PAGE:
We hopped on the Metro once again, heading out to another part of the city. Too much to explore. Night fell, and our bistro was a small one tucked between the intersection of three streets. We enjoyed a simple meal - including a mac and cheese concoction with incredible fresh French cheese- and watched the world go by. Seemed there wasn't a tourist in sight either inside or outside the restaurant. We were clearly in a "locals" zone. It was a perfect way to end the day... but we had one more thing to do.

An evening stroll from the middle of nowhere eventually led us back to the beacon of Paris, the Eiffel Tower. Incredibly, the line to go up to the top was short. It took us a total of 45 minutes to go from the bottom to  Level One and onto the top, including a short stop at Level Two. By this point in time, my camera battery had died. But I didn't bother crying over it. I was at the top of one of the world's most amazing structures with my lovely wife of 30 years, enjoying a spectacular view of the world's most beautiful city. Could it get any better?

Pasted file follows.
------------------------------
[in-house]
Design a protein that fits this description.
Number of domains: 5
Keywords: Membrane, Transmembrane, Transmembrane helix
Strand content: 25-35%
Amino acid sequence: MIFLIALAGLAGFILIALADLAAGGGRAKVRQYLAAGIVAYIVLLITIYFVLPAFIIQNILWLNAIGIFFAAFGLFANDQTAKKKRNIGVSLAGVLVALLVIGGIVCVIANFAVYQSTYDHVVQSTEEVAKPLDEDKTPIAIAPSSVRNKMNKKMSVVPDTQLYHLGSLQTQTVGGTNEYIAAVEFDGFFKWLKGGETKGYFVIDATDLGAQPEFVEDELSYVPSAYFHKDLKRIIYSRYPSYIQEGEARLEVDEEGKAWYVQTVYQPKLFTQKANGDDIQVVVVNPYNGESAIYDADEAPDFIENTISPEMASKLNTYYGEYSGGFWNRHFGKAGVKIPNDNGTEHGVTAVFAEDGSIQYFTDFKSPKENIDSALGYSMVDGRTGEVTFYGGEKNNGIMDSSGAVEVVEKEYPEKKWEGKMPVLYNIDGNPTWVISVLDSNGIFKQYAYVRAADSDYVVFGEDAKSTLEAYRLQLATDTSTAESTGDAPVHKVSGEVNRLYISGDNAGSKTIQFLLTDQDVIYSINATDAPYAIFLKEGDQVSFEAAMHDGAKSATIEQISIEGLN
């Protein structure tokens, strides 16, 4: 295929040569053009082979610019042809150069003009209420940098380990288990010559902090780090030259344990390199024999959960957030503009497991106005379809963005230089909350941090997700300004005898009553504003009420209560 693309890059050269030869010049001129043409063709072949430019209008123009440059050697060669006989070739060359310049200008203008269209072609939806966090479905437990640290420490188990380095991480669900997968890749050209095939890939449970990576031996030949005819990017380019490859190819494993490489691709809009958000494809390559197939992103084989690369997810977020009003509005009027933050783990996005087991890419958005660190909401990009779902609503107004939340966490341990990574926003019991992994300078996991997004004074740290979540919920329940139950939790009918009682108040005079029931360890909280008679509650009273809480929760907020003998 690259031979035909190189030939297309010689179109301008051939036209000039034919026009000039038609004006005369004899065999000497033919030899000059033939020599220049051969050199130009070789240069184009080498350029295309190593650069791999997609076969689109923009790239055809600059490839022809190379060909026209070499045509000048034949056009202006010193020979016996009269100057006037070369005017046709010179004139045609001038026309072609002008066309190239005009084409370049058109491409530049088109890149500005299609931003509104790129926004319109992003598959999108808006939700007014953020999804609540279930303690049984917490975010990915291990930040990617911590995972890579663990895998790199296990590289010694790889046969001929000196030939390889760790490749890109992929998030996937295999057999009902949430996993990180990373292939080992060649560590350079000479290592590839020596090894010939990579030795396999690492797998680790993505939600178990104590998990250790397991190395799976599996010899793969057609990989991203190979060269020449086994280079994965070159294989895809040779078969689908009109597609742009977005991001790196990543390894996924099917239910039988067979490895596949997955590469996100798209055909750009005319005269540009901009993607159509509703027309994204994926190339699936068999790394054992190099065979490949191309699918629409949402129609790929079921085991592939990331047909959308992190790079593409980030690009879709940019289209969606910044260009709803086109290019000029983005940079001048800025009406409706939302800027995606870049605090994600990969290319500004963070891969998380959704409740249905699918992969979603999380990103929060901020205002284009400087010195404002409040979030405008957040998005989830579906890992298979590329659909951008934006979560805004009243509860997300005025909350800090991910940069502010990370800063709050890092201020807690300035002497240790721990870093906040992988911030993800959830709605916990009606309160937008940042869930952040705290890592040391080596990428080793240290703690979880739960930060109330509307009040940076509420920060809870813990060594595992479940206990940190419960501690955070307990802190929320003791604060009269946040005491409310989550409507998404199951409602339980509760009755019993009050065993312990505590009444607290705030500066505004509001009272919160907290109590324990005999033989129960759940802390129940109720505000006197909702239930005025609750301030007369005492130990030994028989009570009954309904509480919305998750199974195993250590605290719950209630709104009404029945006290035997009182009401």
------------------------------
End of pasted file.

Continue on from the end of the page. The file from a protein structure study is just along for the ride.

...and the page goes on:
We walked down from the first level to the street all by ourselves, stopping at different points to admire the view and take in the richness of the evening. God has been so good to us! In the middle of a year of so much change, He had seen fit to bless us with this small trip that seemed out of reach. Long story there that I will not go into, but years from now, I know my children will read this and understand exactly what I am saying. He's been so faithful!

We walked back down the street, catching the evening light show on the Tower before returning to our small hotel. Tomorrow, we'd head off for a day at Disneyland Paris. It meant there were only two days left here before the business part of our trip, but there was no time to be sad. I was excited to see the most beautiful of Magic Kingdoms all decorated for Christmas!

(Photographs copyright Mark Taft.)

No comments: